1. Objection This objection says that, while Steve does not understand Chinese, the system consisting of Steve and the book does. This can be viewed as a single, larger entity which does understand Chinese.
    2. Searle’s Reply Searle replies to this objection by suggesting a modification of the experiment in which Steve memorizes the entire translation book and steps out of the room, talking face to face with Wong. Steve still does not understand Chinese, says Searle. He is still applying the rules without any understanding of Chinese.
    3. Rejoinder The problem with Searle’s reply is that it invites us to think of all of Steve’s memory as an integral part of his consciousness or ego, while in this modification to the experiment, Steve is using his memory as if it were just separate storage, no different than copying the book onto his forearm. Steve and his memory, taken together as a system, do understand Chinese.
  2. The Complexity Reply
    1. Objection This objection, due to Daniel Dennett, says that it is not easy to duplicate consciousness without being extremely complex. Ignoring this complexity in the Chinese Room Experiment fools our intuition into thinking the Steve+Book combination is ignorant of Chinese, since we think the book is “just a book”. In fact, if we considered the complexity of the algorithm required to converse in Chinese, we would be forced to conclude that the “book” is actually complex enough to be considered conscious. (The notion of a book being conscious may seem ridiculous, but this really refers to the algorithm contained in the book, not the physical book itself.)
    2. Searle’s Reply Searle interprets Dennett’s objection as the statement “You can’t have a book like that”, and goes on to say that the whole point of thought experiments is to imagine a situation that is conceivable, even if it we don’t know the details of how to set it up. He says Dennett is essentially denying the idea behind thought experiments.
    3. Rejoinder Dennett is not saying it is impossible to have a book that complex; he is saying anything that complex is already conscious and aware. If Searle insists on having a thought experiment where a book is complex enough to converse in Chinese but is not conscious, he is assuming too much and is begging the question.

More information on this interesting topic can be found in the following books:

Consciousness Explained – by Daniel Dennett
The Mystery of Consciousness – by John R. Searle

Reservations – The Right Way

Posted in India by Armchair Guy on December 15, 2006

Reservations are back in the news, and have been for a while. The Congress government has proved resolute and determined to implement reservations in sweeping steps. There are multiple consequences, including nationwide protests, accusations of a sacrifice of merit, concerns about the impact on the economy should reservations be approved for the private sector, increased polarization and mutual distrust among various socioeconomic classes.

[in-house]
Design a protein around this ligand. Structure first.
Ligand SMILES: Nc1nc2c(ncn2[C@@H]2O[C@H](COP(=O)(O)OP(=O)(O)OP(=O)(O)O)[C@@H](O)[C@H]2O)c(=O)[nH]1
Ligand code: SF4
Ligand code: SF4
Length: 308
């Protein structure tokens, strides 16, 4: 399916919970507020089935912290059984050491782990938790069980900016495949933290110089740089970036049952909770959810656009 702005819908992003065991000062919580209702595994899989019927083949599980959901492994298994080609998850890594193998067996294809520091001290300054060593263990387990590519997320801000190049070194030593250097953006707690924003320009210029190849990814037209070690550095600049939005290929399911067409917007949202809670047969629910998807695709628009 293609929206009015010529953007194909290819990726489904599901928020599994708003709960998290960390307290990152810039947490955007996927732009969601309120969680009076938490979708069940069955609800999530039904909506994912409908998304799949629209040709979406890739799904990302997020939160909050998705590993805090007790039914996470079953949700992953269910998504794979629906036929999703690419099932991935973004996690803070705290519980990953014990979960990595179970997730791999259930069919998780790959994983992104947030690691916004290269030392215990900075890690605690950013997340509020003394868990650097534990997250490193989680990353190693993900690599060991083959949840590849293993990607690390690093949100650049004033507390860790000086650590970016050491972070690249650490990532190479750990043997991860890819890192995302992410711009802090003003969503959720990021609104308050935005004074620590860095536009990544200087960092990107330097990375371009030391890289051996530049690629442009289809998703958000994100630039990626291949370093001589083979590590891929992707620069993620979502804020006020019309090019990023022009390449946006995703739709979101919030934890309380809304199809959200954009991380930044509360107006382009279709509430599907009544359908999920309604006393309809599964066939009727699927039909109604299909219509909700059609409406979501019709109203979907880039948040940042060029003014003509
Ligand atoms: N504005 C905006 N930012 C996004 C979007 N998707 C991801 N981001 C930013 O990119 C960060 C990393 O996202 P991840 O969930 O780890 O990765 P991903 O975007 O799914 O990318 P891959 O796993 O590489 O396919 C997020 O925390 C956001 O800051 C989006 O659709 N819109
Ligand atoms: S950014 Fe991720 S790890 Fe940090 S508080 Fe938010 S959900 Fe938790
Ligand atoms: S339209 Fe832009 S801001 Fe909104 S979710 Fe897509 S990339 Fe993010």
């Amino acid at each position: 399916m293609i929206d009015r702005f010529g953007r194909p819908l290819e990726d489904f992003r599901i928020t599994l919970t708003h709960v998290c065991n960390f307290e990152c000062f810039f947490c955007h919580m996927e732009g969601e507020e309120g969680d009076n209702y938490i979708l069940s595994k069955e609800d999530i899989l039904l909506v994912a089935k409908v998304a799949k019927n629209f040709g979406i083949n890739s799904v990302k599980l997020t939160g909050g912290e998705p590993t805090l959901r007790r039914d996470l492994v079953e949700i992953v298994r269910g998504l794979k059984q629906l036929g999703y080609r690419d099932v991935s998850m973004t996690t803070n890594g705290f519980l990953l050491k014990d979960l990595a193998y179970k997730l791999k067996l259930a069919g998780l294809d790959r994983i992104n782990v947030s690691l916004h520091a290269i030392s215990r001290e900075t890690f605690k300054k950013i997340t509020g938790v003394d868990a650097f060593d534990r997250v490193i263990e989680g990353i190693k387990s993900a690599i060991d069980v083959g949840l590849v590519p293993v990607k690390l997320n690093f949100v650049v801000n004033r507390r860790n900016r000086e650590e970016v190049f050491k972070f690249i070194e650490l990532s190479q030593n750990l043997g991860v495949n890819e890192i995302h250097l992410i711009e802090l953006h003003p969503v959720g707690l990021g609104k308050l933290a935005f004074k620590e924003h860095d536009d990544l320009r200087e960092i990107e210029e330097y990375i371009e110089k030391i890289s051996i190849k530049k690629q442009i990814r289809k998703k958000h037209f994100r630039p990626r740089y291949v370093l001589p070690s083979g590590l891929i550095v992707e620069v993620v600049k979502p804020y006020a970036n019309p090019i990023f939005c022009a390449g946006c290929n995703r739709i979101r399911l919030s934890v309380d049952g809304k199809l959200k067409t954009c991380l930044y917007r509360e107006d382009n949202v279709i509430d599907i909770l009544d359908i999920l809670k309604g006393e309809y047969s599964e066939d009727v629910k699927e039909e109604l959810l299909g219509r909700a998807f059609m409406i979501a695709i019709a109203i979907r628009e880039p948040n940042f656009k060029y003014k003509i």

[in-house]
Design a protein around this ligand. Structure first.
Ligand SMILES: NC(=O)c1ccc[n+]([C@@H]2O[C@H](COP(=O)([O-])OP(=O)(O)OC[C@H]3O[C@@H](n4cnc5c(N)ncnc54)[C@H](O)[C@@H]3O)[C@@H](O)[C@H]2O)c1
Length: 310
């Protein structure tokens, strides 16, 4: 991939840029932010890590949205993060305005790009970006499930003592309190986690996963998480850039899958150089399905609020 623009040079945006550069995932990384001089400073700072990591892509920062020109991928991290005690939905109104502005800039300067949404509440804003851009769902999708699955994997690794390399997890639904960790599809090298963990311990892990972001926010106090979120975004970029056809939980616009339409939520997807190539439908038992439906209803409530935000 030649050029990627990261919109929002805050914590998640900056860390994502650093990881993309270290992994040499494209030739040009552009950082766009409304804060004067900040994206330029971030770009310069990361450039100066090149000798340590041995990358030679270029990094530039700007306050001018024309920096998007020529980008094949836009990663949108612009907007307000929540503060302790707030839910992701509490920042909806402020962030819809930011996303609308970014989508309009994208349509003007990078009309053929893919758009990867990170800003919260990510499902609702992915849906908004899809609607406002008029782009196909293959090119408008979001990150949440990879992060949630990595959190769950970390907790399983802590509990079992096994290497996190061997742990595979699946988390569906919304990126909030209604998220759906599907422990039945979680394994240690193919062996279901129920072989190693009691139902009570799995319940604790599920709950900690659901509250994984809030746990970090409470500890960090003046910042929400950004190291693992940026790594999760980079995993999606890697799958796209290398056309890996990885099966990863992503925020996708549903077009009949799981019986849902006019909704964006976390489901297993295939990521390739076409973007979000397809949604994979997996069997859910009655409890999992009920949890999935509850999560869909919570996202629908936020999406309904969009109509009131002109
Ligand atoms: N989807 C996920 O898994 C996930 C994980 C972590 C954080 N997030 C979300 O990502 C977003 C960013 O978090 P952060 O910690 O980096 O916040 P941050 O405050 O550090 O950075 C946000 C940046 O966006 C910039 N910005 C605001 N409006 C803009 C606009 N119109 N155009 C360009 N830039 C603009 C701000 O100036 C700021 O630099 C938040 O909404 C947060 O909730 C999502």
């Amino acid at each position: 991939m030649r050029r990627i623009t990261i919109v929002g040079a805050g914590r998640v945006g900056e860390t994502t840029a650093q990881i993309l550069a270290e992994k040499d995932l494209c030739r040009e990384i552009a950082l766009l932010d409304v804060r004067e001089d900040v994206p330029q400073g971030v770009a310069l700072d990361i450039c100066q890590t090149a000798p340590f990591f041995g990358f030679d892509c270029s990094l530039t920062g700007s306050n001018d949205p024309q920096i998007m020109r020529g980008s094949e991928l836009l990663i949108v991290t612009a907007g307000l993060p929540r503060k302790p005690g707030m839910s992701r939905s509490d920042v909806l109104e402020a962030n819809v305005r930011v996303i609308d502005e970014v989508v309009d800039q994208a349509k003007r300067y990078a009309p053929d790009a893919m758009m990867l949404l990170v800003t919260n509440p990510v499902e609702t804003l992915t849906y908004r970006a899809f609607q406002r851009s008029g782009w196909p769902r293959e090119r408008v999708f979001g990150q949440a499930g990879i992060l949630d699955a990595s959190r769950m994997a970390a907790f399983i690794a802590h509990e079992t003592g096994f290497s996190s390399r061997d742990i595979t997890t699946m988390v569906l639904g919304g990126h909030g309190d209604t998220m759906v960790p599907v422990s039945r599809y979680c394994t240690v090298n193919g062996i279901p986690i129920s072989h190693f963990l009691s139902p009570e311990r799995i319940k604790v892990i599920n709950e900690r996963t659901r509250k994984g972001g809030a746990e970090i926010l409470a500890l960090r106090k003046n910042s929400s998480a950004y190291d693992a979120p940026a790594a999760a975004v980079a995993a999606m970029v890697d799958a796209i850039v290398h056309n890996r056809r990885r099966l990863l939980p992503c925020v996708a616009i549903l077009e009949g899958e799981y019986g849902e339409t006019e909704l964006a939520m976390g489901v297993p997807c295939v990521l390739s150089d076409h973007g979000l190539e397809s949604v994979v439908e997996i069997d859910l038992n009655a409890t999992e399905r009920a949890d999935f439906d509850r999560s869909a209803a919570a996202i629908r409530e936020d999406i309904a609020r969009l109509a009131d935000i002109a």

The reason given for reservations is that in the current socioeconomic milieu, different categories of people face different challenges in obtaining education and employment. The social and economic obstacles are hypothesized to be so large that, even if education assistance is substituted for reservations, the impact would not be sufficient to ensure sustainable overall equality.

Multiple Index Related Affirmative Action (MIRAA)

One question that arises often is, why only caste? It would appear that the optimal way to ensure equality would be to use a basket of indicators including caste, gender, economic status etc. One such basket, named Multiple Index Related Affirmative Action (MIRAA), has been suggested by Prof. Purushottam Agrawal. The argument for using caste alone is that caste is the biggest indicator of underdevelopment. Indices such as MIRAA could certainly be more effective in improving the condition of people than caste alone, since they would allow reservations to be effectively targeted at the people who need them the most.

To understand MIRAA, we first consider the basket of socioeconomic indicators it suggests. The primary considerations when choosing such indicators should be as follows:

  1. The indicators should be indicative of education and employment levels
  2. Information on the indicators should be readily available

The indicators considered by Prof. Agrawal under MIRAA are the following:

  1. Caste/Tribe
  2. Gender
  3. Economic status
  4. Kind of schooling received